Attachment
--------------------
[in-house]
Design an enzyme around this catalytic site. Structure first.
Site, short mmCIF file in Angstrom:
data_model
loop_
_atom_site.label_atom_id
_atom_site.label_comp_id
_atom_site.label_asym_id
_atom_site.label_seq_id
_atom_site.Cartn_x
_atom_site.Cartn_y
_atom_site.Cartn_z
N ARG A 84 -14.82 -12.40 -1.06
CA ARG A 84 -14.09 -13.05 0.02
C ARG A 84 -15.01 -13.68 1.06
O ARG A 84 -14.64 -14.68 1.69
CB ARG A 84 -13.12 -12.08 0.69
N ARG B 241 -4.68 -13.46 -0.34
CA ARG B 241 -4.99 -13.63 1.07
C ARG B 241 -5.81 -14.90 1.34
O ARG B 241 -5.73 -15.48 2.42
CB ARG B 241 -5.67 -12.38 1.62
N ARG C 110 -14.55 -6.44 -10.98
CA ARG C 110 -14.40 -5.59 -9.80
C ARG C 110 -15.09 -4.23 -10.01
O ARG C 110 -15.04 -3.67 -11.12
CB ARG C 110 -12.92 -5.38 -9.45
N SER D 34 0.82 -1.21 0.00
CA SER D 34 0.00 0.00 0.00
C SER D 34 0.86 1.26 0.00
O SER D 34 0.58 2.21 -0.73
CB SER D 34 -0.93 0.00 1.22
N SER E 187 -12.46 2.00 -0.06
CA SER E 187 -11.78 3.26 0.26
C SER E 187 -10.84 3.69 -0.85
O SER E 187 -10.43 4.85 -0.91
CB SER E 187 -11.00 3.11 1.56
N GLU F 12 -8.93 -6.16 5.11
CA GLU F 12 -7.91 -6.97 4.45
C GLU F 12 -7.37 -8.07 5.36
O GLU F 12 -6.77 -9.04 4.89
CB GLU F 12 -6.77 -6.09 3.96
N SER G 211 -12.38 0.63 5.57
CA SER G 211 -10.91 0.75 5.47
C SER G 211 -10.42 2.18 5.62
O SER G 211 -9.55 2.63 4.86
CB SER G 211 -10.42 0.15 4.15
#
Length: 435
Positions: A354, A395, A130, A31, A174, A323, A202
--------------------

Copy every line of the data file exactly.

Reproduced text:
[in-house]
Design an enzyme around this catalytic site. Structure first.
Site, short mmCIF file in Angstrom:
data_model
loop_
_atom_site.label_atom_id
_atom_site.label_comp_id
_atom_site.label_asym_id
_atom_site.label_seq_id
_atom_site.Cartn_x
_atom_site.Cartn_y
_atom_site.Cartn_z
N ARG A 84 -14.82 -12.40 -1.06
CA ARG A 84 -14.09 -13.05 0.02
C ARG A 84 -15.01 -13.68 1.06
O ARG A 84 -14.64 -14.68 1.69
CB ARG A 84 -13.12 -12.08 0.69
N ARG B 241 -4.68 -13.46 -0.34
CA ARG B 241 -4.99 -13.63 1.07
C ARG B 241 -5.81 -14.90 1.34
O ARG B 241 -5.73 -15.48 2.42
CB ARG B 241 -5.67 -12.38 1.62
N ARG C 110 -14.55 -6.44 -10.98
CA ARG C 110 -14.40 -5.59 -9.80
C ARG C 110 -15.09 -4.23 -10.01
O ARG C 110 -15.04 -3.67 -11.12
CB ARG C 110 -12.92 -5.38 -9.45
N SER D 34 0.82 -1.21 0.00
CA SER D 34 0.00 0.00 0.00
C SER D 34 0.86 1.26 0.00
O SER D 34 0.58 2.21 -0.73
CB SER D 34 -0.93 0.00 1.22
N SER E 187 -12.46 2.00 -0.06
CA SER E 187 -11.78 3.26 0.26
C SER E 187 -10.84 3.69 -0.85
O SER E 187 -10.43 4.85 -0.91
CB SER E 187 -11.00 3.11 1.56
N GLU F 12 -8.93 -6.16 5.11
CA GLU F 12 -7.91 -6.97 4.45
C GLU F 12 -7.37 -8.07 5.36
O GLU F 12 -6.77 -9.04 4.89
CB GLU F 12 -6.77 -6.09 3.96
N SER G 211 -12.38 0.63 5.57
CA SER G 211 -10.91 0.75 5.47
C SER G 211 -10.42 2.18 5.62
O SER G 211 -9.55 2.63 4.86
CB SER G 211 -10.42 0.15 4.15
#
Length: 435
Positions: A354, A395, A130, A31, A174, A323, A202